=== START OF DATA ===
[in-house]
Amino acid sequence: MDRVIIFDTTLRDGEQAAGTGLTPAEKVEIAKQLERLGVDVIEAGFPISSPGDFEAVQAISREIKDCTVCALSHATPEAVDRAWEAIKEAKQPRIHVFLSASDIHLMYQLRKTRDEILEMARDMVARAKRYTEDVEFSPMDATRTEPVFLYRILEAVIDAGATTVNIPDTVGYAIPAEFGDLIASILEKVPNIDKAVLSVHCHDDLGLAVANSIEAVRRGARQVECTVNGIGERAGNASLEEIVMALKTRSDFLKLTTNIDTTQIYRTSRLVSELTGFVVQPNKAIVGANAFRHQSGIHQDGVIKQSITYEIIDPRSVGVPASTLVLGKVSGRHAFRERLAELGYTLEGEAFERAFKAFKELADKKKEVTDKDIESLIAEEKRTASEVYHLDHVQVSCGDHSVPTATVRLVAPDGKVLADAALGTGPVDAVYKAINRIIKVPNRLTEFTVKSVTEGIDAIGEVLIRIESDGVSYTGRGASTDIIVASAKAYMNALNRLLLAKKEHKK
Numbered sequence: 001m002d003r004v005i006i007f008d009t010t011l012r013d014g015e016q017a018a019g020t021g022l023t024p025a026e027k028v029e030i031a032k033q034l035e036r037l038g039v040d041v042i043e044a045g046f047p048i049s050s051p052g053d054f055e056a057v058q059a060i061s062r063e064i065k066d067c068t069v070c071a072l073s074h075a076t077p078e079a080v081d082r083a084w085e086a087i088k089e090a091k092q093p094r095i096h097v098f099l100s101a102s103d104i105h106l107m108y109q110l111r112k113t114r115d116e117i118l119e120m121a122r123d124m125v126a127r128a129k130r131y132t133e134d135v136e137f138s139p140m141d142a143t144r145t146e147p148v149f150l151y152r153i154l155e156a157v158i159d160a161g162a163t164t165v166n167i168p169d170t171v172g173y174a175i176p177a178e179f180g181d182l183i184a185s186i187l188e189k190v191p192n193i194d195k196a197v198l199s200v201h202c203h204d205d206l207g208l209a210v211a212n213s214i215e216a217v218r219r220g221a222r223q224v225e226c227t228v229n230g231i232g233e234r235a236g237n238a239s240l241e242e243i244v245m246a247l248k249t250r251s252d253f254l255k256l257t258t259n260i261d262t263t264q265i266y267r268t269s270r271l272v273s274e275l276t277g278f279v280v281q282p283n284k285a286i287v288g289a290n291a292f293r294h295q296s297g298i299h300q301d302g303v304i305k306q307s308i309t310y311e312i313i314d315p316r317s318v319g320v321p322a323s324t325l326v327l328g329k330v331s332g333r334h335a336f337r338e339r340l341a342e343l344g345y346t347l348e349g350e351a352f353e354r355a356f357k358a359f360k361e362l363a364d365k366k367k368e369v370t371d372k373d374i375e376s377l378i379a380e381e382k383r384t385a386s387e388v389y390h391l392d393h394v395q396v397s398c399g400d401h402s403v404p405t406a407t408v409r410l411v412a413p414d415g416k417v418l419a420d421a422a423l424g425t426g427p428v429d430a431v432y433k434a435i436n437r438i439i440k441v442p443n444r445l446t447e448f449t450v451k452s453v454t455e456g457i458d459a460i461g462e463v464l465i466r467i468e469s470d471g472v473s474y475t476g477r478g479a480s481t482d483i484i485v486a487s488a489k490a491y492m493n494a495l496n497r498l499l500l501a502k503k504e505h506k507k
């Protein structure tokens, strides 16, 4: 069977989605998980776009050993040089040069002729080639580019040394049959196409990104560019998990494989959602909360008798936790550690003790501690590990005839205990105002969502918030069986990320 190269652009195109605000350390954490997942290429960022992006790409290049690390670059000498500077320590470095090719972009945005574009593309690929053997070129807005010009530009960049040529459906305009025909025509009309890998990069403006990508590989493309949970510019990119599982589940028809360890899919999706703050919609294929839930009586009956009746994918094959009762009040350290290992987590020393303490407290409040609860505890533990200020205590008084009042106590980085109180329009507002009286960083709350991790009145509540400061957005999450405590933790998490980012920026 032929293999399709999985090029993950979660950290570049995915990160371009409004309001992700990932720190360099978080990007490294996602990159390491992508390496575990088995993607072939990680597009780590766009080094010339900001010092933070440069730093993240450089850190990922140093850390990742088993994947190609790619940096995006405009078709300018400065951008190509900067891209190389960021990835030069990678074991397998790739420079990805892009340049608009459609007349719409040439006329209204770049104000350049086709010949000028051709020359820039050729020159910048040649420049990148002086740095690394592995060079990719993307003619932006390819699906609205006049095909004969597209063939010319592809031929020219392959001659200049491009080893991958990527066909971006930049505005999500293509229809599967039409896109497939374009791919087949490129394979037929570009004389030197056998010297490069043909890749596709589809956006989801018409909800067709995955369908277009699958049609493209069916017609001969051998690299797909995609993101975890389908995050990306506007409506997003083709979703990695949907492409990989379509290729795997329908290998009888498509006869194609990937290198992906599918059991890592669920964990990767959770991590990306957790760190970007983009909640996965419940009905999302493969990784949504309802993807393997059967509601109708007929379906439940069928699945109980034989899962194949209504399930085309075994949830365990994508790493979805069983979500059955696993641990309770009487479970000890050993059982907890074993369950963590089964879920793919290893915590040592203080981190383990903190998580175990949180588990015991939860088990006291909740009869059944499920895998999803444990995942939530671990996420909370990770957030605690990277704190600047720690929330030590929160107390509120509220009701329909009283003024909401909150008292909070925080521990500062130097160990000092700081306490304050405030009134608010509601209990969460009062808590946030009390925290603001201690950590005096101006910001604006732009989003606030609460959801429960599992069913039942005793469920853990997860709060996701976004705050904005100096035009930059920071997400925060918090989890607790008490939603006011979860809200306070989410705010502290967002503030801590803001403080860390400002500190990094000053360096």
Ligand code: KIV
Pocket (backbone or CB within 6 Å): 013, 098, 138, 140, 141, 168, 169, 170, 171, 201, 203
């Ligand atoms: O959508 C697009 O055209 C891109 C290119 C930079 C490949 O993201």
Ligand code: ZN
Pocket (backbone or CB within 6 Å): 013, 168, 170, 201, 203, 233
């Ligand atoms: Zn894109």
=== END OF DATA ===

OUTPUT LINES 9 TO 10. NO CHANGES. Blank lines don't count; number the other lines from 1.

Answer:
Pocket (backbone or CB within 6 Å): 013, 168, 170, 201, 203, 233
């Ligand atoms: Zn894109």